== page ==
After graduating MIT in 1974 with a B.S. in mechanical engineering, Adrian Gropper spent a few years doing medical research at Harvard Medical School, going on to get his M.D. there. But, says Gropper, after three years of med school, “I knew I didn’t want to practice medicine—I wanted the M.D. in order to do things to control my own destiny [and do] the jobs and projects where only the M.D.s control the funds. What I didn’t know then was that instead of becoming an academic researcher, I was going to be an entrepreneur.”
Today Gropper is now the volunteer chief technology officer of Patient Privacy Rights, a nonprofit founded in 2006 to advocate for patient control over medical records. He participates in several standards work groups related to privacy and health records, and is the cofounder and principal of HIE Of One, an early-stage startup that is developing open-source software to allow patients direct, centralized control over records that might otherwise be scattered across multiple doctors’ offices or hospitals. Additionally, Gropper contributes to projects in W3C (World Wide Web Consortium) self-sovereign identity, and to the IETF (Internet Engineering Task Force) and GNAP (Grant Negotiation and Authorization Protocol) work groups.
It’s been a winding road to this point, encompassing decades and several jobs and startups, including one that got acquired called Amicas, which was the first picture archiving and communication system (PACS). Using the Web, this system let medical practices replace film-based radiology with digital images.
I asked him if he had any useful takeaways for people seeking an entrepreneurial career. For Gropper, it’s been about finding the commonality between projects that might look quite different at a distance. “One common thread in everything I do,” says Gropper, “is I’m doing embedded computing, for tasks that skilled people used to do as technicians…. One of the projects I worked on was the first point-of-care blood electrolytes analyzer—which was arguably also the first to use modern embedded software.”
A second commonality: “My work often involves putting new products through regulatory processes for the first time…. For products like medical ones, it’s essential to commercialization,” says Gropper. “And if you are the first one to do this, you have created a temporary barrier to entry for potential competitors, just like having a patent does. Including this step in your business plan also helps satisfy your investors.”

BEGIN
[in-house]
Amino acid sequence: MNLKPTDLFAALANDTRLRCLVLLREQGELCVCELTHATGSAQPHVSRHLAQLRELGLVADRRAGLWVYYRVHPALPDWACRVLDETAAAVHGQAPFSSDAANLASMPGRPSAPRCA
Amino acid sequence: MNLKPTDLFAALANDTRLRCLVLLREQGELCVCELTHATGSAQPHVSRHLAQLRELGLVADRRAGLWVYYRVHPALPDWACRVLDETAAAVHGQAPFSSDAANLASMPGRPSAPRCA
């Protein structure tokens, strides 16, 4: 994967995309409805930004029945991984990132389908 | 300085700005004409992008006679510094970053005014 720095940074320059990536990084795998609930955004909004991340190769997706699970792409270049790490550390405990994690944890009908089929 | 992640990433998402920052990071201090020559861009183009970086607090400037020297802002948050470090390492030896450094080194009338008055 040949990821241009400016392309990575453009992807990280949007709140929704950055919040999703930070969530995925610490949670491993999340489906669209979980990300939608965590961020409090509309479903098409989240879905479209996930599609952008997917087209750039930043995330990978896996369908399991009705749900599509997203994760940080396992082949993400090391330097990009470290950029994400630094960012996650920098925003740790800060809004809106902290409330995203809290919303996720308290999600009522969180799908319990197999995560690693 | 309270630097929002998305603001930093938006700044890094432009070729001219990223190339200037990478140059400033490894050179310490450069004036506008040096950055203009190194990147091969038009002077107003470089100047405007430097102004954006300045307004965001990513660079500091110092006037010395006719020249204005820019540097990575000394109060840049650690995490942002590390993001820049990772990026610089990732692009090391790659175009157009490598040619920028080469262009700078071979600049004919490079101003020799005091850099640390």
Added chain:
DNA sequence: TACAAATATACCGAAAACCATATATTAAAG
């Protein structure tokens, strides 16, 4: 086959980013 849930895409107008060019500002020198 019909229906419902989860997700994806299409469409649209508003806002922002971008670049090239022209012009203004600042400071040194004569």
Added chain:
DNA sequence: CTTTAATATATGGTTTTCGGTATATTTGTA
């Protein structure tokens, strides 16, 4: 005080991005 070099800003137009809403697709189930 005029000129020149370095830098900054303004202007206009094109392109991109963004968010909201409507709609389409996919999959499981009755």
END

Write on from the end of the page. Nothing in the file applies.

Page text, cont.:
How did Gropper learn to successfully wrestle with and wrangle regulatory approvals?
“Like you learn about anything, you just do it,” says Gropper. “It’s more of a personality type than an education. You have to be willing to try anything once, regardless of how ill-trained you might be to do it.”
Protecting individuals’ data privacy and other rights has become a focus for Gropper. “Companies and governments are using data and dominating technology policies in ways that aren’t necessarily good for society and aren’t respectful of individuals’ interests,” he says. The past year, with misinformation in the contested U.S. election and worldwide concern over information technology power in the hands of a few chief executive officers, he has seen this discussion expand beyond just health records. For many engineers who feel strongly like he does, “it can be hard to find a job where the customer is really first,” Gropper acknowledges.
Gropper’s key advice here: “Include privacy in your design from the beginning. Don’t wait until it impacts your brand and business. Also, you need to know alternative ways to support and enforce privacy, such as by using blockchain and other decentralizing tools, and keeping up with the changing data privacy regulations. Imagine the tech you’re building is implanted in your brain. Who would you share control with, and how?”